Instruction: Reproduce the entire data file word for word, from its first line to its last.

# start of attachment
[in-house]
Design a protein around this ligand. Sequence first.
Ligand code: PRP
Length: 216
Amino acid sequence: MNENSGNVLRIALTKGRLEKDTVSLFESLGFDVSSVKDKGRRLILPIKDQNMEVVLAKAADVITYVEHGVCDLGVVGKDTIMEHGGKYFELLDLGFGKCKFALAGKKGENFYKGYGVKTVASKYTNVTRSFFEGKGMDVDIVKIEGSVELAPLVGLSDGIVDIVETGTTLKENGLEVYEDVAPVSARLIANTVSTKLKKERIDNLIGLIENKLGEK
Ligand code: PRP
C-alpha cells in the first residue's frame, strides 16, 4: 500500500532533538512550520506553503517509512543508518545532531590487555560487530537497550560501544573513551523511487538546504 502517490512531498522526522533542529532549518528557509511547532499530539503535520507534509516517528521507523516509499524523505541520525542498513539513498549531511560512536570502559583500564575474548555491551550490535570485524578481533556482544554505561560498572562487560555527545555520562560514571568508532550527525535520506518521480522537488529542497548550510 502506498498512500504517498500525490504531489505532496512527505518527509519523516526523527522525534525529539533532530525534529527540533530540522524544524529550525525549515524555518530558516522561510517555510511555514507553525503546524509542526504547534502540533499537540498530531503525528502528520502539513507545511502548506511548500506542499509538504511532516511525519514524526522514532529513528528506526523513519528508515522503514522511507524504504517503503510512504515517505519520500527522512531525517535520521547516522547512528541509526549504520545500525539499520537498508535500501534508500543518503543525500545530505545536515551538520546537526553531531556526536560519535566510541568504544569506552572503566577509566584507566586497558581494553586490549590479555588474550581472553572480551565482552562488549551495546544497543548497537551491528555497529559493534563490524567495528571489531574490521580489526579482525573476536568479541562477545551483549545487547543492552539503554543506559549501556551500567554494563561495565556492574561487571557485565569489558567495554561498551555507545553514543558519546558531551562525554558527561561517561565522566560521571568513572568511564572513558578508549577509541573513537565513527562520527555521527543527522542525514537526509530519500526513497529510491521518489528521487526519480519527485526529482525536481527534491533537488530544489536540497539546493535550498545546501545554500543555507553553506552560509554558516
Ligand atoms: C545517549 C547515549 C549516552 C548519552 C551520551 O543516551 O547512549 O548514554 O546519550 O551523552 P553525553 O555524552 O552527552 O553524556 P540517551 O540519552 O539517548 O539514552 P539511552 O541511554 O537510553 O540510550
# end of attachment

[in-house]
Design a protein around this ligand. Sequence first.
Ligand code: PRP
Length: 216
Amino acid sequence: MNENSGNVLRIALTKGRLEKDTVSLFESLGFDVSSVKDKGRRLILPIKDQNMEVVLAKAADVITYVEHGVCDLGVVGKDTIMEHGGKYFELLDLGFGKCKFALAGKKGENFYKGYGVKTVASKYTNVTRSFFEGKGMDVDIVKIEGSVELAPLVGLSDGIVDIVETGTTLKENGLEVYEDVAPVSARLIANTVSTKLKKERIDNLIGLIENKLGEK
Ligand code: PRP
C-alpha cells in the first residue's frame, strides 16, 4: 500500500532533538512550520506553503517509512543508518545532531590487555560487530537497550560501544573513551523511487538546504 502517490512531498522526522533542529532549518528557509511547532499530539503535520507534509516517528521507523516509499524523505541520525542498513539513498549531511560512536570502559583500564575474548555491551550490535570485524578481533556482544554505561560498572562487560555527545555520562560514571568508532550527525535520506518521480522537488529542497548550510 502506498498512500504517498500525490504531489505532496512527505518527509519523516526523527522525534525529539533532530525534529527540533530540522524544524529550525525549515524555518530558516522561510517555510511555514507553525503546524509542526504547534502540533499537540498530531503525528502528520502539513507545511502548506511548500506542499509538504511532516511525519514524526522514532529513528528506526523513519528508515522503514522511507524504504517503503510512504515517505519520500527522512531525517535520521547516522547512528541509526549504520545500525539499520537498508535500501534508500543518503543525500545530505545536515551538520546537526553531531556526536560519535566510541568504544569506552572503566577509566584507566586497558581494553586490549590479555588474550581472553572480551565482552562488549551495546544497543548497537551491528555497529559493534563490524567495528571489531574490521580489526579482525573476536568479541562477545551483549545487547543492552539503554543506559549501556551500567554494563561495565556492574561487571557485565569489558567495554561498551555507545553514543558519546558531551562525554558527561561517561565522566560521571568513572568511564572513558578508549577509541573513537565513527562520527555521527543527522542525514537526509530519500526513497529510491521518489528521487526519480519527485526529482525536481527534491533537488530544489536540497539546493535550498545546501545554500543555507553553506552560509554558516
Ligand atoms: C545517549 C547515549 C549516552 C548519552 C551520551 O543516551 O547512549 O548514554 O546519550 O551523552 P553525553 O555524552 O552527552 O553524556 P540517551 O540519552 O539517548 O539514552 P539511552 O541511554 O537510553 O540510550